fraternity dues increase

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Question:

My Fraternity has been mulling around the idea of raising dues for the past few years but it has never happened.  As I’m sure you know no one wants to vote on something that would cost them more of their money. Just the same a congress would never vote to lower their paychecks.

The attitude in the chapter is finally ready to accept a dues increase but it still has to be done the right way. I have filled out a SCOPED form and read many resources on best ways to present this to the chapter but just wanted to know if you had any other suggestions on the best way to handle this.


Answer:

How exactly do you get the idea of making it MORE expensive to be in a fraternity to go over well? When I was an active, we increased dues maybe once, and it was only by a very small amount. It is important to keep in mind that if your chapter is having trouble with collections, hardly any of the following advice will be valid.

There are resources available on this site on how you can improve your collections. There are 5 key things to show your membership and be ready to explain when you propose an increase in membership dues

1)      Prove why the increase is necessary

–          If you cannot show your membership why the increase is needed, you will be met with insurmountable resistance. Numbers speak louder than words. Show your honest projections for your chapter’s finances. Explain where you are losing money or not growing your savings enough. This will connect with your members as to the future needs an increase can meet and give them a short term reassurance that the increase is needed

2)      Have a plan for the increased revenue

–          Just as important as showing why the increase is needed is having a plan for what the money is to be spent on. Is it debt reduction? An increase for the recruitment budget? Are you starting a long overdue capital project on your house? Find out what the money SHOULD be used for and show your members.

3)      Understand that there is no way it will be a wildly popular idea

–          Your members may now that it is needed, but that doesn’t mean they will love it. Stay calm when there are questions and be focused if your fellow members get combative in meting discussions. When you talk about money, people tend to get a bit short tempered.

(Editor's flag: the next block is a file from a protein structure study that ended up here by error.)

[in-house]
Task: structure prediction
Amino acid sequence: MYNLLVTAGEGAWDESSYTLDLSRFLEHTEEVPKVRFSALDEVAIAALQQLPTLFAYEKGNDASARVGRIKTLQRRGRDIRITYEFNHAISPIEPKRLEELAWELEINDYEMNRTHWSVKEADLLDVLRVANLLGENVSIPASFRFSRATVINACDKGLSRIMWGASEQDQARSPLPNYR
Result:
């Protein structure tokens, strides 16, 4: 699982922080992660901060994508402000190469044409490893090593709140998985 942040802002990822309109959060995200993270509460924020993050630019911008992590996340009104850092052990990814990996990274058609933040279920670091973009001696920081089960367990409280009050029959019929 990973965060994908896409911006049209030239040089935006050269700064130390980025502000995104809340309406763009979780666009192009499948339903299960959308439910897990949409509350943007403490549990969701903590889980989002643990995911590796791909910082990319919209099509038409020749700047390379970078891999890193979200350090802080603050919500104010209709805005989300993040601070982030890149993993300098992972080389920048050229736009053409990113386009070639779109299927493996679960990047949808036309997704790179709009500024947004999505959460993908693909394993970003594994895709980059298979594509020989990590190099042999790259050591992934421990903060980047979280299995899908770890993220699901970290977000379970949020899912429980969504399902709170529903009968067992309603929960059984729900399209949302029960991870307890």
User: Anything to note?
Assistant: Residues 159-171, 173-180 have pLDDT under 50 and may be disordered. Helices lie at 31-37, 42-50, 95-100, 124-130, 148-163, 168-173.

4)      Recruit!

–          This seems to be a part of every response, but, if you recruit people who can pay their dues, even with the increase, then you should be ok. One major objection for people that do not join a fraternity is that it is too expensive. Though you will be raising dues, use the tips above to demonstrate why there is value in the money they pay in their dues.

5)      Keep it simple

–          You are not going to solve every financial issue in one swing. A modest increase in dues can help get you started. Then make sure the rest of your financial house is in order. Stay focused with the extra revenue and keep your goals clearly in sight.

Dues increases can cause some major headaches if not handled appropriately. Trust in your information and your presentation. Best of luck!

This question was submitted by one of our readers. If you have a question you want me to answer go here to submit it: Fraternity Advice.

This answer was written by Joe Russo, an alumni brother from Phi Delta Theta and contributor for the thefraternityadvisor.com. If you are interested in writing for thefraternityadvisor.com – let us know (CLICK HERE)!






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One thought on “5 Keys to Pitching a Dues Increase to Your Fraternity Membership

  1. I don’t have time for a bigger discussion at the moment, but chapter business operations is the biggest thing I think chapters don’t have a handle on. And also the thing that if you’re able to learn from can most benefit you in the business world beyond.

    To go one step further with recruiting, it is better to recruit your way into better financial shape than to overburden a lesser number of guys. Why are you raising dues? Can you not afford to operate because you don’t have the economies of scale? If you increased chapter size by 30% at the same dues rate, would you still need to raise dues to afford the slightly larger versions of events or would the extra income be enough? You need a solid understanding of this issue that you can express to members.

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